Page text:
Serving Those Who Serve
By: Jennifer Silva, WWP Chief Program Officer
At Wounded Warrior Project® (WWP), we understand the greatest casualty is being forgotten. Watching the first wounded return home from the current military conflicts, our founders were inspired to help others in need. As veterans of prior conflicts, many of our founders knew firsthand the struggles of coming home and transitioning to civilian life.
They started WWP with the goal to foster the most successful, well-adjusted generation of wounded service members in our nation’s history – such an important goal that it was adopted as our vision statement. Their hope was that this generation would be welcomed home with open, supportive arms – a privilege veterans from prior generations were not awarded. What started in 2003 as a program to provide comfort items to wounded service members has grown into a complete rehabilitative effort to assist warriors as they recover from their service injuries and transition back to civilian life.
According to the 2017 WWP Annual Warrior Survey, more than three-quarters of warriors (77.1 percent) had an experience that was so frightening, horrible, or upsetting that they were constantly on guard, watchful, or easily startled.
WWP was established on the principle of one warrior helping another. This is evident by its highly recognized and symbolic logo of one warrior carrying another. While not everyone can serve, everyone can support. Once these warriors are carried off the battlefield, it is our responsibility to carry them the rest of the way home, ensuring they accomplish every success in life they desire and deserve. WWP has a simple, yet vital mission: to honor and empower Wounded Warriors.
We know it is not just the warriors whose lives change after injury, but the families as well. And it is why our mission carries over to military families and caregivers. Although they may never set foot on a battlefield, the courage and sacrifices of these families are just as significant as the heroes they support. Just as our returning warriors come home to a new normal, so does every person in that service member’s family.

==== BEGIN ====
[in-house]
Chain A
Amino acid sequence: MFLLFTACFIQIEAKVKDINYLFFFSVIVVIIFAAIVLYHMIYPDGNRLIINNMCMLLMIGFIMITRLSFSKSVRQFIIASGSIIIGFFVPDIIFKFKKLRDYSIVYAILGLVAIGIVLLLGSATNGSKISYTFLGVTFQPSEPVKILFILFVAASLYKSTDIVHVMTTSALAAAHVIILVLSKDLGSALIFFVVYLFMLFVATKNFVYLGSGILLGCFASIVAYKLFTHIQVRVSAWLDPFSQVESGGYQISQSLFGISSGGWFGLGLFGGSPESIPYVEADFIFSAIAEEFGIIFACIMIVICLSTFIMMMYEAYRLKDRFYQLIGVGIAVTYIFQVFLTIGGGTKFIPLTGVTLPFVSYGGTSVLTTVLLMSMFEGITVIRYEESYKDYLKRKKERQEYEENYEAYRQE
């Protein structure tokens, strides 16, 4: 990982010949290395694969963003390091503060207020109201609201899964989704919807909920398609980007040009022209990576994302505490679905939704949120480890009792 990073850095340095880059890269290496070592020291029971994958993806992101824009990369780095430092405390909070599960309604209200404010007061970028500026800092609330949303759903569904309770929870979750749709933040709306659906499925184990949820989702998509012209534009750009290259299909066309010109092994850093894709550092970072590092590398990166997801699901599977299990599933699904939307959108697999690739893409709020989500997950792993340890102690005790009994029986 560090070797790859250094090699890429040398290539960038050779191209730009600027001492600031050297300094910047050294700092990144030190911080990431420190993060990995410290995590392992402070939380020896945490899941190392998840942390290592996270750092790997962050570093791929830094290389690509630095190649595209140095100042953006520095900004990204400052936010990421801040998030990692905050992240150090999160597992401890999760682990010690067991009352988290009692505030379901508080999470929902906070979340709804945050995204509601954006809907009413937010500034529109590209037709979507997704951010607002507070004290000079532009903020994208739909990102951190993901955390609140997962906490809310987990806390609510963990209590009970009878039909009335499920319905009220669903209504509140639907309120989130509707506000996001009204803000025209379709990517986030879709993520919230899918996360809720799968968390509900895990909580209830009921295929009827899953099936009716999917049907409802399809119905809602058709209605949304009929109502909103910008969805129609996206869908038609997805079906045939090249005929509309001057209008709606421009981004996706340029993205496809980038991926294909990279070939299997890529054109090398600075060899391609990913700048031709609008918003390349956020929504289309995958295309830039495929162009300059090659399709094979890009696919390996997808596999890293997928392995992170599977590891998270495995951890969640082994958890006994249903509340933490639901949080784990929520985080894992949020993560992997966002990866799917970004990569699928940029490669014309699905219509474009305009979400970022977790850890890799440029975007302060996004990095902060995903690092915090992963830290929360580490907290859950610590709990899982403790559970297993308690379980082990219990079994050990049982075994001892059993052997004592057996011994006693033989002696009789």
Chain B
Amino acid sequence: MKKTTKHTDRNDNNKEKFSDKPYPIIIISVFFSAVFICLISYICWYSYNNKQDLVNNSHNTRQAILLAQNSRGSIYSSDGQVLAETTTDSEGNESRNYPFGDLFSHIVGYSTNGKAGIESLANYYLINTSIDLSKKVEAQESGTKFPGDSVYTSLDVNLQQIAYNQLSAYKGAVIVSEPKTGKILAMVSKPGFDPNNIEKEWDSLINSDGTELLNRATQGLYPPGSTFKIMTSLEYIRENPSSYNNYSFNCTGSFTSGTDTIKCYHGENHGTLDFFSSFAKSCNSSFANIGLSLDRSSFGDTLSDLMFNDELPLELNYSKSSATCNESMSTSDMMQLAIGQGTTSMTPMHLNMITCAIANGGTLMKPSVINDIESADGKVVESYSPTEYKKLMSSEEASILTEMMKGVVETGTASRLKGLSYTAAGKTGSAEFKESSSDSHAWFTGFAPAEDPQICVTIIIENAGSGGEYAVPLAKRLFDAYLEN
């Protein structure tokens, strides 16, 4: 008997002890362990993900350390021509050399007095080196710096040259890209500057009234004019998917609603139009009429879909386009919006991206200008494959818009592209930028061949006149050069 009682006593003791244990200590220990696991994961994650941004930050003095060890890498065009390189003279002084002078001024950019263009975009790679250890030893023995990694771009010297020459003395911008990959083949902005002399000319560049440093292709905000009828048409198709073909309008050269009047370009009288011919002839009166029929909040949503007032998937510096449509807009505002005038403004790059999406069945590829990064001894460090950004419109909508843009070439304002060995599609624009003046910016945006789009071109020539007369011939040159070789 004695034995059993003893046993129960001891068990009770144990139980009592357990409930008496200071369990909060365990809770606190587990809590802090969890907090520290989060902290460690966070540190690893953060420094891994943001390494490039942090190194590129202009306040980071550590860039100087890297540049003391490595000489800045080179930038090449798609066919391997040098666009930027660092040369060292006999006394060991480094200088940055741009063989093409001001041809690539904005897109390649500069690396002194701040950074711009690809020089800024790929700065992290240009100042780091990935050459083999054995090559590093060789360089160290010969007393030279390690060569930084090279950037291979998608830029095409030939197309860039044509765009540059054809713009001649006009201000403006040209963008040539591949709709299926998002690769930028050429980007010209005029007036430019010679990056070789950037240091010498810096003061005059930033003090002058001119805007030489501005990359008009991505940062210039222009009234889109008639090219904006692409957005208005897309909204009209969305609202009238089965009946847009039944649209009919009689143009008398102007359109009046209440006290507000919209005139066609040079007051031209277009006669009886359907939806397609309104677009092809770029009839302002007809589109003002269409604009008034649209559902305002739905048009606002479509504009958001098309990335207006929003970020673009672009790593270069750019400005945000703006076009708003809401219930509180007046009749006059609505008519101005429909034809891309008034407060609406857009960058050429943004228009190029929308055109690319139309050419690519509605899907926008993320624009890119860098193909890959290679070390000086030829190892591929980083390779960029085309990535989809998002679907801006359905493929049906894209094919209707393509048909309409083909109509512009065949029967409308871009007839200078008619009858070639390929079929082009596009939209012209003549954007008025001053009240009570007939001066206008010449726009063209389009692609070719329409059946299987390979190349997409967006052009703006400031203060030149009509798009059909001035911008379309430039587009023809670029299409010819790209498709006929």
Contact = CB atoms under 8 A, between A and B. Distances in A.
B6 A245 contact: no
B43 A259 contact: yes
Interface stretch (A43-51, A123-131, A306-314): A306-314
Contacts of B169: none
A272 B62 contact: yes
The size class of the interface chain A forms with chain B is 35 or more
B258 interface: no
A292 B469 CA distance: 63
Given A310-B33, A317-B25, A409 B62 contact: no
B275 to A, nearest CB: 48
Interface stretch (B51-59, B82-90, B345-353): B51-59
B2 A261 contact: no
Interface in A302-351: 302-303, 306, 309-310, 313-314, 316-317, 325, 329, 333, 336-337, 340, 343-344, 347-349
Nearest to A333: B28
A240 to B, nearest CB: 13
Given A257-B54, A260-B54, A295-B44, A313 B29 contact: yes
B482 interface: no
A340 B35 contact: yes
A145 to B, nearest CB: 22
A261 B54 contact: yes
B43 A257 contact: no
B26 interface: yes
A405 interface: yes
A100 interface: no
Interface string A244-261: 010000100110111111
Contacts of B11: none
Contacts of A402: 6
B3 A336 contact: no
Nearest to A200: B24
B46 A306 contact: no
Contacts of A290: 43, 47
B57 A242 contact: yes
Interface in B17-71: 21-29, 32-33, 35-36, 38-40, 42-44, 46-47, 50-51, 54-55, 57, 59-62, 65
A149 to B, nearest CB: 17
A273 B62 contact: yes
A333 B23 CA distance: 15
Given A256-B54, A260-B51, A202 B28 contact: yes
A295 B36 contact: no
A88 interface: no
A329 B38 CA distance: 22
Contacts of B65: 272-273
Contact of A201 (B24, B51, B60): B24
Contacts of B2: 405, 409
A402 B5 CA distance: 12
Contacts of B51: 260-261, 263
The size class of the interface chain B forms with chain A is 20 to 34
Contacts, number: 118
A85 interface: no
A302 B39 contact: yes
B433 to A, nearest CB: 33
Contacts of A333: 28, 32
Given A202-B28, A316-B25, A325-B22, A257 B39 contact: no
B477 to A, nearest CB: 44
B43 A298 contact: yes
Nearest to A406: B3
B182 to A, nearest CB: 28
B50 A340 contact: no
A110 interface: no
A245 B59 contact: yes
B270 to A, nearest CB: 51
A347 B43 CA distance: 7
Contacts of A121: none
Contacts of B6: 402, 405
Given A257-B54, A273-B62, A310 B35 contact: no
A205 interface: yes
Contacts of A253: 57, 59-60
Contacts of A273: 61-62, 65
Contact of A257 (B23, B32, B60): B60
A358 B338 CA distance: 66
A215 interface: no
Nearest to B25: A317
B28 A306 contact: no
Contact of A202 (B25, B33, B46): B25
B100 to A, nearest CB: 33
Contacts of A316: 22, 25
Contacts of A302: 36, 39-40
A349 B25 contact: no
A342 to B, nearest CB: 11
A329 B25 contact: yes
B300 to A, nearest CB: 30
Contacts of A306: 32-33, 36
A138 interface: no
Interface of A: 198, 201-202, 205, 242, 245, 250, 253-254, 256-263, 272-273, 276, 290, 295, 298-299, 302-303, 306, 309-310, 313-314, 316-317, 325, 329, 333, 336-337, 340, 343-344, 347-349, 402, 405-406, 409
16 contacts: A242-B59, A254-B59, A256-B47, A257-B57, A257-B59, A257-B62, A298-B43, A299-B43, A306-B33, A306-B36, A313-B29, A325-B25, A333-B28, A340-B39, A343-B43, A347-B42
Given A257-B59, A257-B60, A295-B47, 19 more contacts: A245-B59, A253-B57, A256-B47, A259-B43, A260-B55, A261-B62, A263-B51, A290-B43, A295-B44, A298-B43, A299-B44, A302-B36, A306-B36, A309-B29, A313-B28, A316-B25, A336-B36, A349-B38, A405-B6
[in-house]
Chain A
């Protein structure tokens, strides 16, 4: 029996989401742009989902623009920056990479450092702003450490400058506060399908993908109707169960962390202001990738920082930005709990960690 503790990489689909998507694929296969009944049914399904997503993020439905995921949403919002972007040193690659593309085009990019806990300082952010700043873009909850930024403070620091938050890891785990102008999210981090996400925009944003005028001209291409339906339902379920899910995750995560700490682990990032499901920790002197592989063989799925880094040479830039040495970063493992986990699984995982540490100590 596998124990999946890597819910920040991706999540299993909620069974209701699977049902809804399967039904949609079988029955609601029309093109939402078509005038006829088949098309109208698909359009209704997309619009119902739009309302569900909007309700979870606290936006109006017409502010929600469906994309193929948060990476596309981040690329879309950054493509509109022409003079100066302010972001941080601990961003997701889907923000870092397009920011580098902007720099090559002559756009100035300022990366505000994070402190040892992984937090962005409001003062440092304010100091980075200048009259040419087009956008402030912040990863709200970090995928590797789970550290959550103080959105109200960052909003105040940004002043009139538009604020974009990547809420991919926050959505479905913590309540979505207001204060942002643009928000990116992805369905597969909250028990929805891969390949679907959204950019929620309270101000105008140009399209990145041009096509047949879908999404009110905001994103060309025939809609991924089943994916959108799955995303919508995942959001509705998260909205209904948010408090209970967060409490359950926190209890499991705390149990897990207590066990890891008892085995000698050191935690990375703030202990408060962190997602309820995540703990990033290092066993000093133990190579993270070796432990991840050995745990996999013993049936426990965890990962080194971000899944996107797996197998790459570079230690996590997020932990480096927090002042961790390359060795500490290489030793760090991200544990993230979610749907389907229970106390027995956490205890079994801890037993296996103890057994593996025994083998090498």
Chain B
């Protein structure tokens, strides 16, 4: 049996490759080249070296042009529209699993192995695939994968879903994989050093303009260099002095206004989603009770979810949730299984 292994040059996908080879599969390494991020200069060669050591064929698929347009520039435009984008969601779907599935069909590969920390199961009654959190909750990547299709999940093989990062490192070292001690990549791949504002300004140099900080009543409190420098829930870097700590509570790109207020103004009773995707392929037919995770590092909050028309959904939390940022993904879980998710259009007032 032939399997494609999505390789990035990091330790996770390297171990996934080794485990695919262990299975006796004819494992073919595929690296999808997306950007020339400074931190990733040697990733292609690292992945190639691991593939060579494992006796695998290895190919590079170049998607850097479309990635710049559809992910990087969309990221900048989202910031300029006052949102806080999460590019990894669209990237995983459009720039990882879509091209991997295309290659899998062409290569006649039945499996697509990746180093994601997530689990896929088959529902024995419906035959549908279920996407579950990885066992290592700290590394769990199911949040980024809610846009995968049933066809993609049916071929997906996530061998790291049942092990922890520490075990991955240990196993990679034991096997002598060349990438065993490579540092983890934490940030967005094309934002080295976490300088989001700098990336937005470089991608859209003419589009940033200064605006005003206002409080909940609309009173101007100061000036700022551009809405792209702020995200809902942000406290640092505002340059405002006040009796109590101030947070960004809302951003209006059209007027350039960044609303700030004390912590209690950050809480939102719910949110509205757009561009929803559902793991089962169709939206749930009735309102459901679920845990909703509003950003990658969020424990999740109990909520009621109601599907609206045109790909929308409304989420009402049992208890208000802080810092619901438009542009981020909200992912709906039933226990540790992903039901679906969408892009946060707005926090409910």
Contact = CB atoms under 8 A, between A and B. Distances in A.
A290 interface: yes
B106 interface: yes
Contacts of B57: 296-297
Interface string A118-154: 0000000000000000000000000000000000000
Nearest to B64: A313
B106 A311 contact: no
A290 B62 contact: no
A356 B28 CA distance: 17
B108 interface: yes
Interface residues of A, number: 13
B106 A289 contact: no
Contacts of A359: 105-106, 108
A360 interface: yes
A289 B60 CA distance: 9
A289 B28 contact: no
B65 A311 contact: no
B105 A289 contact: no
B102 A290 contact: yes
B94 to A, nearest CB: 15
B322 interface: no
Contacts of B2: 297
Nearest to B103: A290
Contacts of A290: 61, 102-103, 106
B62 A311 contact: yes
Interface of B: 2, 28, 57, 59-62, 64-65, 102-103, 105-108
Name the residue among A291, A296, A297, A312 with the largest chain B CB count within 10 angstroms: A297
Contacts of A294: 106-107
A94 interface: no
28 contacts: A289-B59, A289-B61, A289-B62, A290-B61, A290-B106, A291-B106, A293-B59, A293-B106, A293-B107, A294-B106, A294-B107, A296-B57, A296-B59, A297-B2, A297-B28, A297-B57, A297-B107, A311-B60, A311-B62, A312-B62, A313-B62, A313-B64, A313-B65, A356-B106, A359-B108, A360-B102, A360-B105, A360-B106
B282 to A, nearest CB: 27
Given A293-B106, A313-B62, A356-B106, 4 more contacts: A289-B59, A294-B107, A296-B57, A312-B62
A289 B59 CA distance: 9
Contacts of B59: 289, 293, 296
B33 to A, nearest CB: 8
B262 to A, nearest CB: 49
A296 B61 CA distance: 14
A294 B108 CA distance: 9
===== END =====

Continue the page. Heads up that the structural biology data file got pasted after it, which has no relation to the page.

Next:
As WWP moves into 2018, we continue to live up to the solemn commitments we made during those early days of the conflicts. Through our work at hospital bedsides, we came to fully understand just how long the battle continues after warriors leave the battlefield. The more we learned, the more vital our mission became. We realized there was very little direct support in place for these young warriors and their families. Where we found gaps in service, WWP and our generous donors filled it. Not because we simply wanted to, but because we had to. If we didn’t fill the gaps with worthwhile and necessary programs and services, where would these warriors turn as they navigated the minefields peppered along the path of transition to a successful civilian life?
Since 2003, WWP has grown from one grassroots program of packing backpacks in a basement to a variety of programs uniquely structured to increase warrior connection, mental and physical health and wellness, financial wellness, independence, government relations, and community relations and partnerships.
We would never have been able to do this if our mission wasn’t seen as necessary and deserved by the entire WWP family and our passionate supporters. A mission started by six friends with a passion to serve has grown into a nationwide effort supported by a team of dedicated employees – almost half of which are veterans and caregivers. United by shared values, we accomplish our mission by raising awareness and enlisting aid for the needs of severely injured service members; connecting wounded warriors with each other and their communities; serving warriors and their families with innovative programs that will meet their growing needs; and empowering them to live life on their own terms.